‘We receive many product requests and camel toe knickers have not been one of them yet,’ she says. Trans activist, Eva Echo, can see the appeal though. ‘Shapewear and prosthetics fill a need in the lengthy wait for surgery,’ she says. ‘They can help trans women to feel and look feminine in the interim.’

Lady Phyll, co-founder and executive director of UK Black Pride, says, ‘The celebration of women's bodies cannot be divorced from the ways our bodies are so regularly subject to the whims and policing of men.’ She's excited by any steps towards more unapologetic expressions of womanhood - '(whatever that means for each of us)' – as it brings women closer to acceptance of the 'powerful, beautiful and sacred bodies we inhabit’.

But for now, the go-to reaction is still largely revulsion. And this comes from the inherent shame of having a vulva full stop. Obsessions over having a bigger/saggier/fatter/uneven vulva has led many women to surgery in a bid for a ‘designer vagina’. Consultant plastic surgeon Dr Sujatha Tadiparthi explains that labial reduction has been an increasingly requested procedure in her practice. ‘Labiaplasty surgery aims to reshape and resize by removing the excess inner or outer labia,’ she says, noting that the main drive is usually for appearance.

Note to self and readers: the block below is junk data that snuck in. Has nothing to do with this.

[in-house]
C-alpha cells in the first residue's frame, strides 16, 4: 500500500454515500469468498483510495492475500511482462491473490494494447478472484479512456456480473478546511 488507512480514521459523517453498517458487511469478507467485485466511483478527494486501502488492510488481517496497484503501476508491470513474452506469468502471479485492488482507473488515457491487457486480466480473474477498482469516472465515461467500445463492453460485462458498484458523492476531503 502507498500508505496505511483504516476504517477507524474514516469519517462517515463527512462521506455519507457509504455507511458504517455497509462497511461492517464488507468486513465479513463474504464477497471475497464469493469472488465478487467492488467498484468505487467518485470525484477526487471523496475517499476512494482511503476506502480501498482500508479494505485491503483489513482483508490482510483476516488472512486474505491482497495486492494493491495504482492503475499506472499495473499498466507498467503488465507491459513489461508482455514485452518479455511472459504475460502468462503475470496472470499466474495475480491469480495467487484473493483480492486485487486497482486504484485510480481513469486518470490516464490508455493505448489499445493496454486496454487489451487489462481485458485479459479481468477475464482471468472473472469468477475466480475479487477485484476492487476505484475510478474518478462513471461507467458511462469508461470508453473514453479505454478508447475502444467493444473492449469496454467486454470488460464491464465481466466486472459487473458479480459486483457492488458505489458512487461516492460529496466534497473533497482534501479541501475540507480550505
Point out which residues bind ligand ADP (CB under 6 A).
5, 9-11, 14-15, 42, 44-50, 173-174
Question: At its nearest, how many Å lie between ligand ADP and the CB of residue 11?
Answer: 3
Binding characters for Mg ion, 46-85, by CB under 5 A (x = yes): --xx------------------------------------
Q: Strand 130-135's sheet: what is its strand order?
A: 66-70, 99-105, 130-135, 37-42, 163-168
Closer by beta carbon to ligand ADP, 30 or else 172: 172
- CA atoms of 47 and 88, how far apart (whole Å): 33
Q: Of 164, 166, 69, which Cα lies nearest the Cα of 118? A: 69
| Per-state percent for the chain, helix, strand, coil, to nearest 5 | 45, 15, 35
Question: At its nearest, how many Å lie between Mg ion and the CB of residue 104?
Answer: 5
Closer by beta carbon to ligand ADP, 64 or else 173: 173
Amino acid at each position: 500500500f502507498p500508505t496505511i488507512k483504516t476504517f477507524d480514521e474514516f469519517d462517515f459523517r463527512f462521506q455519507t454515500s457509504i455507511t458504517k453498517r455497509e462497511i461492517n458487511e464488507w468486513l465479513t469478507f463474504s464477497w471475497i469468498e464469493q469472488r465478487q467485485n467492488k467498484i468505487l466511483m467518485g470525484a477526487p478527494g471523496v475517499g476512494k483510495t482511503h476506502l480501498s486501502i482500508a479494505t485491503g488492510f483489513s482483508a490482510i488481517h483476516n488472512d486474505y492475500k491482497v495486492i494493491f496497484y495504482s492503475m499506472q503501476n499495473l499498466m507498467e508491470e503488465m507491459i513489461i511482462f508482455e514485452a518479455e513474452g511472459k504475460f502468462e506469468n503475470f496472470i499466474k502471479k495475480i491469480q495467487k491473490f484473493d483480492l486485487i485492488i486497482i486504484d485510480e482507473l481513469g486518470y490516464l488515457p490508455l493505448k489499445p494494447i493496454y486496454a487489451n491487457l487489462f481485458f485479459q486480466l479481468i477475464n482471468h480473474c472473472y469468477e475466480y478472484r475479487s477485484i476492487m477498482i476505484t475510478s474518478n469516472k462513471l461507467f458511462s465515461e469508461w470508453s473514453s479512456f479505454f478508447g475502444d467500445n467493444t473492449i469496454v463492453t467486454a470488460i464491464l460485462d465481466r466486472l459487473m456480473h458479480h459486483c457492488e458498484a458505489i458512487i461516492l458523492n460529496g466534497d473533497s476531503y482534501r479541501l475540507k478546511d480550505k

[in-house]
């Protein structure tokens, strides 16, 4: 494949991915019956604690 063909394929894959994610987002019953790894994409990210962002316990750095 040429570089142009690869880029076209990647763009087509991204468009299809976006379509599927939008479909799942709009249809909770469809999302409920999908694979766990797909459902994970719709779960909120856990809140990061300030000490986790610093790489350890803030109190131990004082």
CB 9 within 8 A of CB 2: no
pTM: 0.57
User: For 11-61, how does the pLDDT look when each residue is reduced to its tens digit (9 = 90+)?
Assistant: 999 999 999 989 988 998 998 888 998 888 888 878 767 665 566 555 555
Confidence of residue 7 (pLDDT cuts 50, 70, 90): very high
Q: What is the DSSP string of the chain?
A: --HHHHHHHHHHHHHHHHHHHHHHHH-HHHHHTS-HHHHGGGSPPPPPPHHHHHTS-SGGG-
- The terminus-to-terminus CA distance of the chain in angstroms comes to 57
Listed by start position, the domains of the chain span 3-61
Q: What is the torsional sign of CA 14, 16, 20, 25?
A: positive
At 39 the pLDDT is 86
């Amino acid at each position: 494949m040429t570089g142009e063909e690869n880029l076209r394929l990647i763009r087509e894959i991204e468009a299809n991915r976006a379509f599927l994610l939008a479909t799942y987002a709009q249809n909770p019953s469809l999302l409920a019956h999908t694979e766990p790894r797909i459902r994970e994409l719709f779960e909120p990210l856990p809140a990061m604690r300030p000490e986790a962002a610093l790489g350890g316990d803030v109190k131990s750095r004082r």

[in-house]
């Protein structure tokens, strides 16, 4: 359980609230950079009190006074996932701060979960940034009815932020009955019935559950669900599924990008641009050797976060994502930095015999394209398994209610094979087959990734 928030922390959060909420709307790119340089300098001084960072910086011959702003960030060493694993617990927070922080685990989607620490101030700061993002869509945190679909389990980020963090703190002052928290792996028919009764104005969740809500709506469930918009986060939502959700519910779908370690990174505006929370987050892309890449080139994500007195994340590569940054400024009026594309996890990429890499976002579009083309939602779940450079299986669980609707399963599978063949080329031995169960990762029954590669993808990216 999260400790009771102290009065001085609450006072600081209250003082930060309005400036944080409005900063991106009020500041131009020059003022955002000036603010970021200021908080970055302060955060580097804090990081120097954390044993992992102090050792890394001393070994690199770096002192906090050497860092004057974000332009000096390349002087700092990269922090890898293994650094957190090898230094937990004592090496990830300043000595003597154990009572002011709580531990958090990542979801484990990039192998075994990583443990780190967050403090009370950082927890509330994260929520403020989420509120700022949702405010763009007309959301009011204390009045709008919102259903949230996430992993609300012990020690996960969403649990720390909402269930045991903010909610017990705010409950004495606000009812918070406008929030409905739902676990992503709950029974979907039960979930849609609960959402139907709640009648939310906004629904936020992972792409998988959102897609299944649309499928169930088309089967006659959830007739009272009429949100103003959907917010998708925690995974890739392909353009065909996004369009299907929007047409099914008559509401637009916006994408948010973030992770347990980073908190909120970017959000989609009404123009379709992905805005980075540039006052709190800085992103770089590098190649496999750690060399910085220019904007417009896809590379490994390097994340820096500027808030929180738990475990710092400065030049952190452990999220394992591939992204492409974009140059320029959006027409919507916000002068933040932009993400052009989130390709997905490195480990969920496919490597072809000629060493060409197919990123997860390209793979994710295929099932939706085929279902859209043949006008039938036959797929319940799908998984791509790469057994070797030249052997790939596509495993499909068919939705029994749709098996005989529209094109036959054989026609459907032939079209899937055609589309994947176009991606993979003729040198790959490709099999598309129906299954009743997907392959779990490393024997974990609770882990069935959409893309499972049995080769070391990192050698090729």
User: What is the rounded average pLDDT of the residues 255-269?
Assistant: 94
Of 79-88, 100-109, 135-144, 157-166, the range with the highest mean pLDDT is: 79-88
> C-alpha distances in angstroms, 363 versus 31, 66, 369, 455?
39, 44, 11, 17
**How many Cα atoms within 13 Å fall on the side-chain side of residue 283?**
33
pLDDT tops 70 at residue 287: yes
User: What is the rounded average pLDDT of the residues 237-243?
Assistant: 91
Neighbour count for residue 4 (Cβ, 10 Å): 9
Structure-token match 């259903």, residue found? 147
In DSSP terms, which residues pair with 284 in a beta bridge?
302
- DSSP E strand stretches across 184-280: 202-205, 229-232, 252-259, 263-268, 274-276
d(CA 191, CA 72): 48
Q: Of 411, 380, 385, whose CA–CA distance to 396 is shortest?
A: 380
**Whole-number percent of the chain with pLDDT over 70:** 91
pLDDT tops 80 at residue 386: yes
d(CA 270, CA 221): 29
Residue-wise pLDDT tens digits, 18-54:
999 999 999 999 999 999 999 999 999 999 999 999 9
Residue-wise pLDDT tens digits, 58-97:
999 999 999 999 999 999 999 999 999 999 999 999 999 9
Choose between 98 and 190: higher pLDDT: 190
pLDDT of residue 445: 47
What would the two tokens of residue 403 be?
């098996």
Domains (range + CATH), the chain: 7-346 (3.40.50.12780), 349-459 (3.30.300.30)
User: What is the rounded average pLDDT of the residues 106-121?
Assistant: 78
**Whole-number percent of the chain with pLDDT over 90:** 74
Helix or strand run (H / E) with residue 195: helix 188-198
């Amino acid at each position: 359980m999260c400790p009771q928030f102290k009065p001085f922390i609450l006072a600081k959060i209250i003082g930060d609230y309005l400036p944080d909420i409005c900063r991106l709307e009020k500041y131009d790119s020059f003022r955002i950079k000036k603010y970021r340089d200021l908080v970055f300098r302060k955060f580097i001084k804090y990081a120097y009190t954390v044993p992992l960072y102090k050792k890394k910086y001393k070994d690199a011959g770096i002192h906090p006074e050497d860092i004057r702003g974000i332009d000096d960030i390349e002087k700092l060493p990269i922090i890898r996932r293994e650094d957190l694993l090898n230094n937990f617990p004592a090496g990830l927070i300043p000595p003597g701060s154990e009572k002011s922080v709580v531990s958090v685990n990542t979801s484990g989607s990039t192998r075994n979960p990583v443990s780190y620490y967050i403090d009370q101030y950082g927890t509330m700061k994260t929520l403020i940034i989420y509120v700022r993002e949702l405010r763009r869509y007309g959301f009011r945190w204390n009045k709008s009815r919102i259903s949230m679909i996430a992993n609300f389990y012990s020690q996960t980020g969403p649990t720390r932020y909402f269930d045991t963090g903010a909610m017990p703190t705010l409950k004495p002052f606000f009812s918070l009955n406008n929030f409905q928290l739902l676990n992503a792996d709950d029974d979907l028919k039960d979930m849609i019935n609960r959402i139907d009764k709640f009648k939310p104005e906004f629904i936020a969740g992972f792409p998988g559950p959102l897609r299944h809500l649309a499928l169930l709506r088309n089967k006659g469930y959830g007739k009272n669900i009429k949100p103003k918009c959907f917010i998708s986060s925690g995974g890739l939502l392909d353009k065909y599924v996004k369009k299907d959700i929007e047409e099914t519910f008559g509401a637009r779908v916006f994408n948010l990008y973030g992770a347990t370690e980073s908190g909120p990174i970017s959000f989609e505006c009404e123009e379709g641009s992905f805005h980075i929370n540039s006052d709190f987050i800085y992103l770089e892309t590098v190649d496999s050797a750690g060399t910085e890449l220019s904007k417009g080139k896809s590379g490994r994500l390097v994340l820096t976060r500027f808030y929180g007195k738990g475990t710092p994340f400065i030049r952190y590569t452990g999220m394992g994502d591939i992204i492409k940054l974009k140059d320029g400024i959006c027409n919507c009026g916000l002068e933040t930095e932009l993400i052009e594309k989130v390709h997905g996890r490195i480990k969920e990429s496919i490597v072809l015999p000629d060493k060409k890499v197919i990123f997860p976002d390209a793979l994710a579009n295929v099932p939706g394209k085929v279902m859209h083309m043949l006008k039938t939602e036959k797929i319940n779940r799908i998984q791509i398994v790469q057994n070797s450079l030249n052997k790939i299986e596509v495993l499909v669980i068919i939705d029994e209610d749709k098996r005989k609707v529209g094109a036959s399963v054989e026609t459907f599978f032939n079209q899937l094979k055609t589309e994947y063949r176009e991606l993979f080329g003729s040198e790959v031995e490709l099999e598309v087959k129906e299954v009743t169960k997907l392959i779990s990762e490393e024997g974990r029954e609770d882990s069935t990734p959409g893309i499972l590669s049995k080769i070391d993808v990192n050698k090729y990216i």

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“The shame around camel toe just feels so deeply rooted in misogyny, as though it’s some terrible secret some people have vulvas”
Honey Ross, writer and activist

Dr Edward Morris, President of the Royal College of Obstetricians and Gynaecologists, believes more women are seeking out these procedures due to a ’lack of awareness of the vulva and the ‘normal’ female body, which has given rise to anxiety over the vulval and vaginal appearance’.

According to research by Beauty Haven, 50 percent of women don’t know what an average vulva looks like. I find that easy to believe. Only last week, I had a middle of-the-night teary panic while inspecting my vulva in the mirror in search of a thought-to-be missing tampon. I worked myself up into hysteria thinking I had a cyst, before Googling ‘average vagina’ and discovering my anatomy was completely normal – and I’m still a bit spooked. I’m in my late twenties.

‘You aren’t born feeling shame for your body or your camel toe, that’s all learned behaviour,’ continues Ross. And the biggest shamers might just be ourselves, suggests Campbell. ‘I don’t think I’ve ever been publicly shamed for camel toe, but I certainly shame myself,’ she says.

So what can we learn from this? I’m not demanding total self-love of camel toe over here – apologies, v print – but why don’t we start trying not to hate it, at the very least? ‘It’s only embarrassing if you’re embarrassed’ after all, and indifference could go a long way.

I decided to post my bulge heavy photo with Christ The Redeemer on Instagram, and guess what? Life continued as normal! People liked my photo! No one told me I was a disgusting freak! As summer approaches, it’s V Print Season whether we want it or not, as we swap our cargo pants for bike shorts and bikinis. We’ve long since reclaimed the nips, now it’s time to free the lips.